expr = binary_operator("==", std::move(expr), std::move(rhs));
    return *this;
  }

  expression &expression::not_equals(expression rhs) {
    expr = binary_operator("!=", std::move(expr), std::move(rhs));
    return *this;
  }


  expression &expression::less_than(expression rhs) {
    expr = binary_operator("<", std::move(expr), std::move(rhs));
    return *this;
  }

  expression &expression::less_equals(expression rhs) {
    expr = binary_operator("<=", std::move(expr), std::move(rhs));
    return *this;
  }

  expression &expression::greater_than(expression rhs) {
    expr = binary_operator(">", std::move(expr), std::move(rhs));
    return *this;
  }

  expression &expression::greater_equals(expression rhs) {
    expr = binary_operator(">=", std::move(expr), std::move(rhs));
    return *this;
  }


  expression &expression::factor(expression rhs) {
    expr = binary_operator("**", std::move(expr), std::move(rhs));
    return *this;
  }


  expression &expression::dot(expression rhs) {
    expr = binary_operator(".", std::move(expr), std::move(rhs));
    return *this;
  }

  struct printer {
    void operator()(const double n) const {
      std::cout << n;
    }

    void operator()(const std::string &s) const {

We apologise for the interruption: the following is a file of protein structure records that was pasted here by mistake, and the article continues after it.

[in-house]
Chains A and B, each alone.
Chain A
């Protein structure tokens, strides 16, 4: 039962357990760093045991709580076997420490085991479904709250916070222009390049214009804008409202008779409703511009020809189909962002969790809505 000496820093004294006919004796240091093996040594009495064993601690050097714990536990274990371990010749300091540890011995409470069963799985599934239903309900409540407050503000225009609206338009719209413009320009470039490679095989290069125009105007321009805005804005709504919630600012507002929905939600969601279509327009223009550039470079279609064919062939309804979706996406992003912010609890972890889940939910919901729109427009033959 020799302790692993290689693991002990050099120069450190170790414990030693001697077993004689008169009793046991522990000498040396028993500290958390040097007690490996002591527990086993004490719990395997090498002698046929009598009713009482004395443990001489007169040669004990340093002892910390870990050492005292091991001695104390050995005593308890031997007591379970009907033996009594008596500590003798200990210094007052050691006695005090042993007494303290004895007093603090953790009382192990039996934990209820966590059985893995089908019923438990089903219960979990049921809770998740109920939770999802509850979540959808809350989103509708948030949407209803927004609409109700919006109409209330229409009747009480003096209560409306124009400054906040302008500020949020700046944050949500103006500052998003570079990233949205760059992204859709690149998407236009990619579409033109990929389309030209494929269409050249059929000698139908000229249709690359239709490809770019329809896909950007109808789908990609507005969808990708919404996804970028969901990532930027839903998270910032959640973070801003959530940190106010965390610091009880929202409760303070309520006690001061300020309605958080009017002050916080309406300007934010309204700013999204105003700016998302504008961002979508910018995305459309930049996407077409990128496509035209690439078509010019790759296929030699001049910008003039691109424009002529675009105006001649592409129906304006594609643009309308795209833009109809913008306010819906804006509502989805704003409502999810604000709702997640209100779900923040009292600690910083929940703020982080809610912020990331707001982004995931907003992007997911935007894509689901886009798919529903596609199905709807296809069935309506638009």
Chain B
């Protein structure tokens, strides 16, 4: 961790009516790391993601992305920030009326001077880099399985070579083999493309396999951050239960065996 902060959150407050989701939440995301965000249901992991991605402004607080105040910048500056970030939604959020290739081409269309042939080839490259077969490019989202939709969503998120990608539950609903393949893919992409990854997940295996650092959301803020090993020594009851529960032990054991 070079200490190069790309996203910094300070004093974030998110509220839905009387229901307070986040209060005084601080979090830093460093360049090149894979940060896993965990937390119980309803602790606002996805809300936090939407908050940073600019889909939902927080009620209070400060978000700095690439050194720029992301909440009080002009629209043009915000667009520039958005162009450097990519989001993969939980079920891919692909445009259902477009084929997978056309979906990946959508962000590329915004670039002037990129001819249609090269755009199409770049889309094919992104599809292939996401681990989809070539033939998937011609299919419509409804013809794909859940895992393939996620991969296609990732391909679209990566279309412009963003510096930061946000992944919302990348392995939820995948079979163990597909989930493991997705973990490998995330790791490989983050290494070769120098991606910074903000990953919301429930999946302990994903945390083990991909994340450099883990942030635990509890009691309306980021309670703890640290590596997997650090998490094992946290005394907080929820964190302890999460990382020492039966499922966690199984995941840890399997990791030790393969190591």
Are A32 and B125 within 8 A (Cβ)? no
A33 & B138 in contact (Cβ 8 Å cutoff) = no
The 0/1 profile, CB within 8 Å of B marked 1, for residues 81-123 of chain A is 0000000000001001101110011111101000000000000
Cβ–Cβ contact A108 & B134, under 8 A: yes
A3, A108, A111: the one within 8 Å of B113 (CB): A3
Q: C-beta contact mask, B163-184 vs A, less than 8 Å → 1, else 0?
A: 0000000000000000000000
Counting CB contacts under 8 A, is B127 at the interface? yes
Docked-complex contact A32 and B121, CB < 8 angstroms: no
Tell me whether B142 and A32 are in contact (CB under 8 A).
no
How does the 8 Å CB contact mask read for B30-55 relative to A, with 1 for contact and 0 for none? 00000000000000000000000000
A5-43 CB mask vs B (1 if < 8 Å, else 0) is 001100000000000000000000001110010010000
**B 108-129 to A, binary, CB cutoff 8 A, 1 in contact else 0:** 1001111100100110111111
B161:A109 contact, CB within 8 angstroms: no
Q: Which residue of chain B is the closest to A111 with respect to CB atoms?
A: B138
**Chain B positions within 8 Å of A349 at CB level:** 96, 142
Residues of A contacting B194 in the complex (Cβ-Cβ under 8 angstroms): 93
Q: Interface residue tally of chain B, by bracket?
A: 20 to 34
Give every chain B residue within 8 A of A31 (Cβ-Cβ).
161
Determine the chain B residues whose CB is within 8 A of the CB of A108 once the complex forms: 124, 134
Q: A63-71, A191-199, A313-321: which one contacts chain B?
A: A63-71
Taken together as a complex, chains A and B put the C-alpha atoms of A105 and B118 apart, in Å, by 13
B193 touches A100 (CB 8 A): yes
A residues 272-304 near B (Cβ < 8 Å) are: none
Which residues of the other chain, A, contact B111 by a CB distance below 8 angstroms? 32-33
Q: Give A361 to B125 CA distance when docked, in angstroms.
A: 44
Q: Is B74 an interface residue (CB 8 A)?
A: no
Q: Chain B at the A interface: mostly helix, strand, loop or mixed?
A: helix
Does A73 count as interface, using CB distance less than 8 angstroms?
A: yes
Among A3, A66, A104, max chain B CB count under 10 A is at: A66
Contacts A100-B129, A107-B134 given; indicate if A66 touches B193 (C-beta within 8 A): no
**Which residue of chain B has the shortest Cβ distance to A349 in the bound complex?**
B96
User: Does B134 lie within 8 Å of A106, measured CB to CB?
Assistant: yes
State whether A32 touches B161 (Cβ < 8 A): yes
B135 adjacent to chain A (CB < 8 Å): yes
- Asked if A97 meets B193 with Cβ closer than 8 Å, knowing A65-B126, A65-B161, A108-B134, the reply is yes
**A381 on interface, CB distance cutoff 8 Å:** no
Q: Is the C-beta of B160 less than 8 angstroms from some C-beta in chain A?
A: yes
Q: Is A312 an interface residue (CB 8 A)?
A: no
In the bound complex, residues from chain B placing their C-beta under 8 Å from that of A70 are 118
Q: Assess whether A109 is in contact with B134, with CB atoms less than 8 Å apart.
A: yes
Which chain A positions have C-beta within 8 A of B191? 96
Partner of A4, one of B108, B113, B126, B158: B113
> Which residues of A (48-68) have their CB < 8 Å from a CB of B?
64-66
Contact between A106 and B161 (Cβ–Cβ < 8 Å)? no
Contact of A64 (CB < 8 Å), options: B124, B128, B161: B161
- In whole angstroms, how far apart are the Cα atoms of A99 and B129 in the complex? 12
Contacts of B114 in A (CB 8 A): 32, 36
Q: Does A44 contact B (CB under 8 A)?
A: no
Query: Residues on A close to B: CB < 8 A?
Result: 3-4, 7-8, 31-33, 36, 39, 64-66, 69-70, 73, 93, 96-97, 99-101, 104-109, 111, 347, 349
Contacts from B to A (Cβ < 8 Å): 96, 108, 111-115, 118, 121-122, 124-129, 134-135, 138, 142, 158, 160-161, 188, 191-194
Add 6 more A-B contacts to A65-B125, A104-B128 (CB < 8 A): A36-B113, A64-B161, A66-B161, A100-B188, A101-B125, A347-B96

std::cout << s;
    }

    void operator()(const expression &ast) const {
      boost::apply_visitor(*this, ast.expr);
    }

    void operator()(const binary_operator &expr) const {
      std::cout << "op:" << expr.op << "(";
      boost::apply_visitor(*this, expr.lhs.expr);
      std::cout << ", ";
      boost::apply_visitor(*this, expr.rhs.expr);
      std::cout << ')';
    }

    void operator()(const unary_operator &expr) const {
      std::cout << "op:" << expr.op << "(";
      boost::apply_visitor(*this, expr.rhs.expr);
      std::cout << ')';
    }
  };

  struct operators {
    struct and_ {
    };
    struct or_ {
    };

    struct equals {
    };
    struct not_equals {
    };

    struct less_than {
    };
    struct less_equals {
    };
    struct greater_than {
    };
    struct greater_equals {
    };

    struct factor {
    };

    struct dot {
    };

    expression &operator()(expression &lhs, expression rhs, and_) const {
      return lhs.and_(std::move(rhs));
    }

    expression &operator()(expression &lhs, expression rhs, or_) const {
      return lhs.or_(std::move(rhs));
    }


    expression &operator()(expression &lhs, expression rhs, equals) const {
      return lhs.equals(std::move(rhs));
    }

    expression &operator()(expression &lhs, expression rhs, not_equals) const {
      return lhs.not_equals(std::move(rhs));
    }


    expression &operator()(expression &lhs, expression rhs, less_than) const {